Whenever there is a discussion on a hero/build/talent, there are always people that like to point at (usually unfiltered) data on https://www.heroesprofile.com/ and then assume the "argument high-ground", because their position is "supported by actual data", then get upvoted to the heavens. Even if the data difference is 1-2%, which can quite often be below the statistical margin of error.
On the other hand, whenever there is a discussion about playerbase skill and knowledge level, the commonly stated idea is that "it's terrible".
But aren't those two kind of contradictory, when looking at pick rates? Referring to Heroes Profile's pick rates is basically depending on the majority player base's opinion. There is also the "herd effect", which is if everyone is looking at the Heroes Profile pick rates, then pick talents that have the highest pick rates, it will result certain talents having abnormally high pick rates in relative to how much value they provide. Similarly, online guides on Youtube/Icyveins/Reddit can also have a significant effect on the pick rates, even if said guides are years old.
Win rates are also quite often misleading as single talents can have higher/lower win rates not just because of the raw value they provide. Defensive talents seem to have a lower pick and win rate, since they're usually picked in losing situations when the player is getting deleted too quickly in teamfights and trying to stay alive (if there was a way to filter to those situations, probably then these talents would have by far the highest win rate with that filter). High skill-floor talents also usually have a lower pick rate and win rate, however those that master the hero will quite often find that they get the most value out of them in comparison to other options.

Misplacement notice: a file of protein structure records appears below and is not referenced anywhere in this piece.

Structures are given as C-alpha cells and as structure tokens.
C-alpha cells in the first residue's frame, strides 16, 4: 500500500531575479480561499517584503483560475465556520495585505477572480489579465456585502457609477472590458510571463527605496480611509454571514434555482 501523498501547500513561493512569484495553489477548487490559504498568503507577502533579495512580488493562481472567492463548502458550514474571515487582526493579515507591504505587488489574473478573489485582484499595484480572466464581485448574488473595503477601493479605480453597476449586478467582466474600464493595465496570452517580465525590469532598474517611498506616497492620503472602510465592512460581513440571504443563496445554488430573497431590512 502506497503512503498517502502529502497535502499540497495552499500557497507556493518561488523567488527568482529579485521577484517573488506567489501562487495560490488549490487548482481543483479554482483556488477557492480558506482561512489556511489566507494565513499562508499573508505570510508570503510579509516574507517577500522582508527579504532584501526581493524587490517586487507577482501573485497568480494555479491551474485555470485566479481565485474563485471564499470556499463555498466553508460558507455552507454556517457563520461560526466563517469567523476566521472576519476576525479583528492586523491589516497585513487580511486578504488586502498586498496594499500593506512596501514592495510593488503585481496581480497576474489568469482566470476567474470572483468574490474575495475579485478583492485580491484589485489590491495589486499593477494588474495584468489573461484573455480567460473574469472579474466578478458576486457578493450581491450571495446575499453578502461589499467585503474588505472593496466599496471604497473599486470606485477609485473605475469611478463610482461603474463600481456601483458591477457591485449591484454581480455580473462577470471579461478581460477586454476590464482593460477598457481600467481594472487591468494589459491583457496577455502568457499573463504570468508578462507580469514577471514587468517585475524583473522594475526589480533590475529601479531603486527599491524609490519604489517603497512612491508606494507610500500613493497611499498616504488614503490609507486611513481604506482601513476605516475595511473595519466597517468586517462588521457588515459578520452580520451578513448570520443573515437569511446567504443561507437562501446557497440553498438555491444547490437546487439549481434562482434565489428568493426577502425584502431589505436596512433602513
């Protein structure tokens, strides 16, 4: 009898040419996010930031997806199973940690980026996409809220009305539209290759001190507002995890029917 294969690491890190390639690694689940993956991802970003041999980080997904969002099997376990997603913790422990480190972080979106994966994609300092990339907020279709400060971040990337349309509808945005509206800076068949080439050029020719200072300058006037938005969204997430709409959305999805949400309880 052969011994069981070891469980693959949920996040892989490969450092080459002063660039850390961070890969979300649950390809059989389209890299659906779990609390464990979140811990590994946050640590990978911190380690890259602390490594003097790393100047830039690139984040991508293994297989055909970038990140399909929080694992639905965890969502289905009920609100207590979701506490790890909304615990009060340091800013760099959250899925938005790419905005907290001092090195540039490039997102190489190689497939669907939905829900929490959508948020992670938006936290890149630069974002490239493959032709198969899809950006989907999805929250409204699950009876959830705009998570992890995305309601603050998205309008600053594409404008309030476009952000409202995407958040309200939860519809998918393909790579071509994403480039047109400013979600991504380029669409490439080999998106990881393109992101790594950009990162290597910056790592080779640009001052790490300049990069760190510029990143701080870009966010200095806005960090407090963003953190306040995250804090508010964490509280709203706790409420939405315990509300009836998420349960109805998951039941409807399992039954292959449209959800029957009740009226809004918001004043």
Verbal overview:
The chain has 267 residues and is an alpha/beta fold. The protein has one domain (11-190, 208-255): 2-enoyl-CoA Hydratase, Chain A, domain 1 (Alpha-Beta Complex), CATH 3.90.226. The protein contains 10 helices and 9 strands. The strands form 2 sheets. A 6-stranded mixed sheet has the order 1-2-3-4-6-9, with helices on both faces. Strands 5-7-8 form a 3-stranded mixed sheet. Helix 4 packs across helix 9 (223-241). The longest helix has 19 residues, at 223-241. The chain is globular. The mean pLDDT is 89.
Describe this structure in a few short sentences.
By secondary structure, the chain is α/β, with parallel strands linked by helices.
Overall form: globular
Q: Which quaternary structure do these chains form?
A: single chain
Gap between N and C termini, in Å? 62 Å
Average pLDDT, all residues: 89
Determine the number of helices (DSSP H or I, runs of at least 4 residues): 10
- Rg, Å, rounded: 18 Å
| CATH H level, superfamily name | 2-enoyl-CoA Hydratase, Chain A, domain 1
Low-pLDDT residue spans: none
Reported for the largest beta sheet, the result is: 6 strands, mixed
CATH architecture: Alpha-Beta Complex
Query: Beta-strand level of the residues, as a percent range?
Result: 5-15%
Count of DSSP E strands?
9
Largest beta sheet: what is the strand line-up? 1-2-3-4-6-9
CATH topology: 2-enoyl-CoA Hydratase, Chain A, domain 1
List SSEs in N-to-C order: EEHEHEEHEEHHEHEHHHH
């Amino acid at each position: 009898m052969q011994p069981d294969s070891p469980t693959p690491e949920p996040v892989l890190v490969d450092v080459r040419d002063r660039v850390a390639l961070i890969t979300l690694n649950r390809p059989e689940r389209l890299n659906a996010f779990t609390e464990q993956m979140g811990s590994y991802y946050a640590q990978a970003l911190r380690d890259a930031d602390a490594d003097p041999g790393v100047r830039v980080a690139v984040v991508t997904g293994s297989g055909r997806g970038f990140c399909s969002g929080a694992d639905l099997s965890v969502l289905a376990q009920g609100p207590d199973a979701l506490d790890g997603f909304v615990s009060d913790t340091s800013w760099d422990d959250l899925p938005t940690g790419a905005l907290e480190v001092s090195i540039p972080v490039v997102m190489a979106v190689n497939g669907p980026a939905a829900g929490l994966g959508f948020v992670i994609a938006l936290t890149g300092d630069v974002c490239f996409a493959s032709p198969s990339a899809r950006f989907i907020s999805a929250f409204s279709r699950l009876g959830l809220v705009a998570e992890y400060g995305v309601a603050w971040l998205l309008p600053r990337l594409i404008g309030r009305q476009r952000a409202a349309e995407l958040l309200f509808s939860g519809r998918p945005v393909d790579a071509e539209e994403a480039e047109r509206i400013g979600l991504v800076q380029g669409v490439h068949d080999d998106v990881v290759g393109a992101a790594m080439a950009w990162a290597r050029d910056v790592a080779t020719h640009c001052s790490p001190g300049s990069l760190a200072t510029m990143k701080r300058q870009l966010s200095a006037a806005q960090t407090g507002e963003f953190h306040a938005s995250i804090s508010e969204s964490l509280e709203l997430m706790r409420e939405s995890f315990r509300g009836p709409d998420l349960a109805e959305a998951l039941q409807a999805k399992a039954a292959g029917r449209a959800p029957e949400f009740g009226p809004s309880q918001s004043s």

I think a lot of problems could be resolved if people started using the filters, especially Hero Level to filter to players who have the hero level above "X" (e.g. 10+), to show how people that are experienced with a hero play it. This removes a lot of the herd effect on the pick-rates and the low-experience effect on the win-rates. Combine this with also filtering to higher ranks (e.g. Platinum+) with the Player Rank filter and you can get a lot more accurate data on "How valuable is talent/hero X when properly utilized?". Sometimes, because there isn't enough data (<200 for lowest pick talent), for a lot of heroes this can make the values unusable, so for those, you need to drastically increase the Timeframe (add more patches). If there isn't enough patches to add without including a patch that changes the hero, then the data simply isn't reliable enough to back claims.
So what I'm saying is that Heroes Profile without filters is useless? Oh hell no. It's a great tool to show how you can get the most value if you're new as it shows you the safe options for people with low experience. If you're new to a role, pick the hero with the highest winrate among those that have 20%+ popularity (e.g. Rehgar for Healer or E.T.C. for Tank). If you're new to a hero, pick the talent build with the highest pickrate (e.g. for Rehgar, Lighting Shield build with Cleanse and Ancestral).
TL.DR.: Use the Hero Level and Player Rank filters on Heroes Profile to get a more accurate "value of talent/hero" data. If there isn't enough data, significantly increase the Timeframe. If you can't without including patches that changed the hero(es) in discussion, then there isn't enough data to back claims.
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© Post "Referring to Heroes Profile data to validate arguments is way too often abused on this sub" for game Heroes of the Storm.
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